Hematologic Cancer

PV QA 2 - Poster Viewing Q&A 2

MO_41_2459 - Low Grade, Indolent Lymphomas of the Head and Neck: Comparative Toxicity of Standard Versus Very Low Dose Radiation Therapy

Monday, October 22
10:45 AM - 12:15 PM
Location: Innovation Hub, Exhibit Hall 3

Low Grade, Indolent Lymphomas of the Head and Neck: Comparative Toxicity of Standard Versus Very Low Dose Radiation Therapy
M. R. Chelius1, K. Chau2, J. C. Yang2, and J. Yahalom2; 1Dartmouth's Geisel School of Medicine, Hanover, NH, 2Memorial Sloan Kettering Cancer Center, New York, NY

Purpose/Objective(s): NCCN guidelines recommend radiation therapy (RT) for the treatment of localized indolent non-Hodgkin lymphomas (NHL). Yet many referring physicians avoid recommending RT to the head and neck (HN) due to fears of RT-related toxicities despite the limited fields and doses currently used. Further, in recent years, very low doses of radiation (4Gy) that effectively produce local control in select patients have gained popularity. We compared early and late toxicity profiles of standard 24-30Gy to very low dose 4Gy in patients with indolent NHL of the HN.

Materials/Methods: We retrospectively analyzed 239 patients with indolent NHL of the HN who received RT from 1994-2017. Baseline patient characteristics, outcomes, and toxicity data were collected from medical records. Early (≤2 months post-RT) and late (>2 months post-RT) toxicities were graded as low grade (1-2) or high grade (3-4) according to CTCAEv4 criteria. Incidence of any toxicity was compared between the 4Gy and >4Gy cohorts, grouped by RT-site treated (orbit, non-orbit head, neck, skin) and by early vs late.

Results: Median follow-up was 1.8 years and 5.3 years for 4Gy and >4Gy cohorts, respectively. Median dose for the >4Gy cohort was 30Gy (5.4-50Gy). There was a lower incidence of both early and late toxicities of any grade in the 4Gy cohort compared to >4Gy across all RT-sites (Table 1). There were no early grade 2 toxicities in the 4Gy group, and incidences in the >4Gy group were as follows: orbit, 14%; non-orbit head, 48%; neck, 38%; skin, 0%. One early high grade toxicity occurred in the >4Gy cohort (dry mouth). Late grade 2 toxicities were infrequent among both the 4Gy and >4Gy groups: orbit (10% vs 7%), non-orbit head (6% vs 8%), neck (0% vs 13%), and skin (0% vs 0%). There were 17 late high grade toxicities (cataracts requiring surgery) in the >4Gy group; however, no information was available to differentiate whether these were age- or RT-related cataracts. There were no grade 4 toxicities in either treatment group. Seventy-three percent of patients in the 4Gy cohort, and 89% in the >4Gy cohort, achieved a complete response at the site of RT. There were 5 in-field failures after initial CR in the 4Gy cohort, and 8 in the >4Gy group.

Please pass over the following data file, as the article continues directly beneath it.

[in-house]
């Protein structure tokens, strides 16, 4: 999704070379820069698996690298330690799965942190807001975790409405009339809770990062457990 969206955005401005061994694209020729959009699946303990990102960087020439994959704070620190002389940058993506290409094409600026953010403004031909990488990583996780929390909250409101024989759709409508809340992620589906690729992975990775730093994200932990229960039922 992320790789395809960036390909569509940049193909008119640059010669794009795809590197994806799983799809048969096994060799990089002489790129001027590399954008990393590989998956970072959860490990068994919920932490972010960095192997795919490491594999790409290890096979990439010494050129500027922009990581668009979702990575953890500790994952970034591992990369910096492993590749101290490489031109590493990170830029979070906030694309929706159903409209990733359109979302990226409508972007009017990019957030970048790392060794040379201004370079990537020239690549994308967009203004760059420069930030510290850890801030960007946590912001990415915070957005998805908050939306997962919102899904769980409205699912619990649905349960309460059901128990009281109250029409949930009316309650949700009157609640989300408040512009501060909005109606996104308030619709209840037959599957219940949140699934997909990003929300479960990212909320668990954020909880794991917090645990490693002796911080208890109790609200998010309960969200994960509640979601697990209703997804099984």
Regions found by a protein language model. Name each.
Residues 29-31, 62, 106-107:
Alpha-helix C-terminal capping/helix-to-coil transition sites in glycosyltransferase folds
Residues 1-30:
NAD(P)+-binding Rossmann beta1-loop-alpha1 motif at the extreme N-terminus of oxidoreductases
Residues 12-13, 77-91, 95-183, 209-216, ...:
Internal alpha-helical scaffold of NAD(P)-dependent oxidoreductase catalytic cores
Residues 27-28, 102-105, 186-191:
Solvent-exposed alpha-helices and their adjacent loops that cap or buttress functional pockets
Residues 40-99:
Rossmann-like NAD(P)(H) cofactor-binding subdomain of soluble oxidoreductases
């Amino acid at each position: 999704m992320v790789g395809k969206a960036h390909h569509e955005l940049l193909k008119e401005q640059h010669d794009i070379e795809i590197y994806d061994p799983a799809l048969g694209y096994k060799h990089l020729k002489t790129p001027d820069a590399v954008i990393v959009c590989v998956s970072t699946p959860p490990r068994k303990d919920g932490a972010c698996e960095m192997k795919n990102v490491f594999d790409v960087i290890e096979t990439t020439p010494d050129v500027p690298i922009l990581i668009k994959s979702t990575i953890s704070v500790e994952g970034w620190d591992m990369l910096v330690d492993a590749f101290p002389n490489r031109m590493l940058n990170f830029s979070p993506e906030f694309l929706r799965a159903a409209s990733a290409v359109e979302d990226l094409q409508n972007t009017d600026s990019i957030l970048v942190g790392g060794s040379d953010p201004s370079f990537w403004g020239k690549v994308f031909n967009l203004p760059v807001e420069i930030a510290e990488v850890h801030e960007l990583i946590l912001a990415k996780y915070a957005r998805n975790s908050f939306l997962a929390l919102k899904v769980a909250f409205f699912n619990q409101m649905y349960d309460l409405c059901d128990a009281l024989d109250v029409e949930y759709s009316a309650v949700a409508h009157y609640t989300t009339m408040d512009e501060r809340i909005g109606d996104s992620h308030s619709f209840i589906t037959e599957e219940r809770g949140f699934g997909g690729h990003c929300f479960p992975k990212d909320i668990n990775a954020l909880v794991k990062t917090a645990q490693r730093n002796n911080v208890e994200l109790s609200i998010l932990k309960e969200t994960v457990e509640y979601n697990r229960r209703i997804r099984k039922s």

Conclusion: RT to the HN region for indolent NHL is associated with minimal short- and long-term toxicity and excellent local disease control among both 4Gy and >4Gy treatment groups. Thus, toxicity should not be cited as a reason to forgo standard dose RT in the treatment of indolent NHLs of the HN. Further, in select patients for whom early or late toxicity is a concern, very low dose RT may be considered. Table 1.
Site Early toxicity Late toxicity
4 Gy (n) (%) >4 Gy (n) (%) 4 Gy (n) (%) >4 Gy (n) (%)
Orbit 5 (12) (42) 68 (70) (97) 2 (10) (20) 48 (68) (71)
Non-orbit head 4 (17) (24) 50 (52) (96) 1 (17) (6) 34 (51) (67)
Neck 4 (18) (22) 76 (81) (94) 1 (18) (6) 45 (79) (57)
Skin 5 (16) (31) 13 (15) (87) 0 (15) (0) 6 (13) (46)

Author Disclosure: M.R. Chelius: None. K. Chau: None. J.C. Yang: Senior Committee Member; ARRO. J. Yahalom: Chairman; ILROG.

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